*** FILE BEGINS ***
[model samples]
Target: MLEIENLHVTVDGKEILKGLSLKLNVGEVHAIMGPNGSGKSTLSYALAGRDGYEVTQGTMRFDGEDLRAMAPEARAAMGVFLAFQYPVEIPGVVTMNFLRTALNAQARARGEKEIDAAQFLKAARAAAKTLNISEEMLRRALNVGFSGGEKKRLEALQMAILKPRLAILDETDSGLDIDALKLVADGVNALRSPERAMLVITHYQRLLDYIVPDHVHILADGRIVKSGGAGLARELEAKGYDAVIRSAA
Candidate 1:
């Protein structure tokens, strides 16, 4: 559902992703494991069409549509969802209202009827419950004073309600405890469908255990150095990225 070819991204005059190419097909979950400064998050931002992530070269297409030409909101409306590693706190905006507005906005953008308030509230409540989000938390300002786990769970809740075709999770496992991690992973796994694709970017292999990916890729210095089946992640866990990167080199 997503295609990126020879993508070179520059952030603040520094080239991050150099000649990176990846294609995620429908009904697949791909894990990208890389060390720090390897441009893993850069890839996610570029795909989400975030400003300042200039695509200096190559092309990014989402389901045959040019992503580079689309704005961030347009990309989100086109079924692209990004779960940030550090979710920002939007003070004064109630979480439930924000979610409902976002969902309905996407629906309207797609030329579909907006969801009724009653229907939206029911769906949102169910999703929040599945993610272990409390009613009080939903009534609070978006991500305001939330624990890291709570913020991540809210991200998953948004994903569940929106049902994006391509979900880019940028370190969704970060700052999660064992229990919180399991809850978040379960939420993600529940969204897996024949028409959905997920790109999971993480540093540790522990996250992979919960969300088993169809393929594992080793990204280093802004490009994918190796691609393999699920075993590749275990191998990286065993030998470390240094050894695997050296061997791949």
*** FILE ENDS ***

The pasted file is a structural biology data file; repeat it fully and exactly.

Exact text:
[model samples]
Target: MLEIENLHVTVDGKEILKGLSLKLNVGEVHAIMGPNGSGKSTLSYALAGRDGYEVTQGTMRFDGEDLRAMAPEARAAMGVFLAFQYPVEIPGVVTMNFLRTALNAQARARGEKEIDAAQFLKAARAAAKTLNISEEMLRRALNVGFSGGEKKRLEALQMAILKPRLAILDETDSGLDIDALKLVADGVNALRSPERAMLVITHYQRLLDYIVPDHVHILADGRIVKSGGAGLARELEAKGYDAVIRSAA
Candidate 1:
């Protein structure tokens, strides 16, 4: 559902992703494991069409549509969802209202009827419950004073309600405890469908255990150095990225 070819991204005059190419097909979950400064998050931002992530070269297409030409909101409306590693706190905006507005906005953008308030509230409540989000938390300002786990769970809740075709999770496992991690992973796994694709970017292999990916890729210095089946992640866990990167080199 997503295609990126020879993508070179520059952030603040520094080239991050150099000649990176990846294609995620429908009904697949791909894990990208890389060390720090390897441009893993850069890839996610570029795909989400975030400003300042200039695509200096190559092309990014989402389901045959040019992503580079689309704005961030347009990309989100086109079924692209990004779960940030550090979710920002939007003070004064109630979480439930924000979610409902976002969902309905996407629906309207797609030329579909907006969801009724009653229907939206029911769906949102169910999703929040599945993610272990409390009613009080939903009534609070978006991500305001939330624990890291709570913020991540809210991200998953948004994903569940929106049902994006391509979900880019940028370190969704970060700052999660064992229990919180399991809850978040379960939420993600529940969204897996024949028409959905997920790109999971993480540093540790522990996250992979919960969300088993169809393929594992080793990204280093802004490009994918190796691609393999699920075993590749275990191998990286065993030998470390240094050894695997050296061997791949």